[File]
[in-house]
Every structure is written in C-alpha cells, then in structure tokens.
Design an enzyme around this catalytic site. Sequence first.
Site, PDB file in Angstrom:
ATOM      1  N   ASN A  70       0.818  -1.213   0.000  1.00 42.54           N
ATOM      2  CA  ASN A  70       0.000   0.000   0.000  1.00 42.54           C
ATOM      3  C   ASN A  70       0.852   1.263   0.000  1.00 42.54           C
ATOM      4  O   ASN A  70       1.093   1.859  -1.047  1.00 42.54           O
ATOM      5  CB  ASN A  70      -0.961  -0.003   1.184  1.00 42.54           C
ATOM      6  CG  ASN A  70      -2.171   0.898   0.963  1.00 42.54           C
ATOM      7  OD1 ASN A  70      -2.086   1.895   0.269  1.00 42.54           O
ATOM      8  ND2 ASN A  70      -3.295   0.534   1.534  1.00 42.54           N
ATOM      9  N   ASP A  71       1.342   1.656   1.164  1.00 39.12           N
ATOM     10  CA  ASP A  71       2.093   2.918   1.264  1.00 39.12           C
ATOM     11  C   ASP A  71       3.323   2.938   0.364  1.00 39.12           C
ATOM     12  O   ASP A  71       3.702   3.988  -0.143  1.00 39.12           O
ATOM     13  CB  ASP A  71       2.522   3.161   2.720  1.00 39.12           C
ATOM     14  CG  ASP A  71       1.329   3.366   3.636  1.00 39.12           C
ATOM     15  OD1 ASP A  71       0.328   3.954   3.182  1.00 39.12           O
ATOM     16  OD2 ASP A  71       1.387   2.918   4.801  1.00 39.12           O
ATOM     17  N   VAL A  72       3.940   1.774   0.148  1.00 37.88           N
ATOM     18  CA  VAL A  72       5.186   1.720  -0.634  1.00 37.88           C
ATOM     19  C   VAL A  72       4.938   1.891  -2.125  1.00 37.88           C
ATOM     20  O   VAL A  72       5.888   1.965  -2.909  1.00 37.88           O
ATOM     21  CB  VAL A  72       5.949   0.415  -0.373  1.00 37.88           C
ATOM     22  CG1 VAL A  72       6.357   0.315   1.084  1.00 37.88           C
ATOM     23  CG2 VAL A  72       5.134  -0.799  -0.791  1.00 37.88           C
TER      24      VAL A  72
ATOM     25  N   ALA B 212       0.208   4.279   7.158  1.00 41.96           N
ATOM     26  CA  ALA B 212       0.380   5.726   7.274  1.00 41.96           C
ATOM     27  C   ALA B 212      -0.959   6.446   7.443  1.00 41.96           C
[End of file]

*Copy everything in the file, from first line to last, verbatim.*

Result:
[in-house]
Every structure is written in C-alpha cells, then in structure tokens.
Design an enzyme around this catalytic site. Sequence first.
Site, PDB file in Angstrom:
ATOM      1  N   ASN A  70       0.818  -1.213   0.000  1.00 42.54           N
ATOM      2  CA  ASN A  70       0.000   0.000   0.000  1.00 42.54           C
ATOM      3  C   ASN A  70       0.852   1.263   0.000  1.00 42.54           C
ATOM      4  O   ASN A  70       1.093   1.859  -1.047  1.00 42.54           O
ATOM      5  CB  ASN A  70      -0.961  -0.003   1.184  1.00 42.54           C
ATOM      6  CG  ASN A  70      -2.171   0.898   0.963  1.00 42.54           C
ATOM      7  OD1 ASN A  70      -2.086   1.895   0.269  1.00 42.54           O
ATOM      8  ND2 ASN A  70      -3.295   0.534   1.534  1.00 42.54           N
ATOM      9  N   ASP A  71       1.342   1.656   1.164  1.00 39.12           N
ATOM     10  CA  ASP A  71       2.093   2.918   1.264  1.00 39.12           C
ATOM     11  C   ASP A  71       3.323   2.938   0.364  1.00 39.12           C
ATOM     12  O   ASP A  71       3.702   3.988  -0.143  1.00 39.12           O
ATOM     13  CB  ASP A  71       2.522   3.161   2.720  1.00 39.12           C
ATOM     14  CG  ASP A  71       1.329   3.366   3.636  1.00 39.12           C
ATOM     15  OD1 ASP A  71       0.328   3.954   3.182  1.00 39.12           O
ATOM     16  OD2 ASP A  71       1.387   2.918   4.801  1.00 39.12           O
ATOM     17  N   VAL A  72       3.940   1.774   0.148  1.00 37.88           N
ATOM     18  CA  VAL A  72       5.186   1.720  -0.634  1.00 37.88           C
ATOM     19  C   VAL A  72       4.938   1.891  -2.125  1.00 37.88           C
ATOM     20  O   VAL A  72       5.888   1.965  -2.909  1.00 37.88           O
ATOM     21  CB  VAL A  72       5.949   0.415  -0.373  1.00 37.88           C
ATOM     22  CG1 VAL A  72       6.357   0.315   1.084  1.00 37.88           C
ATOM     23  CG2 VAL A  72       5.134  -0.799  -0.791  1.00 37.88           C
TER      24      VAL A  72
ATOM     25  N   ALA B 212       0.208   4.279   7.158  1.00 41.96           N
ATOM     26  CA  ALA B 212       0.380   5.726   7.274  1.00 41.96           C
ATOM     27  C   ALA B 212      -0.959   6.446   7.443  1.00 41.96           C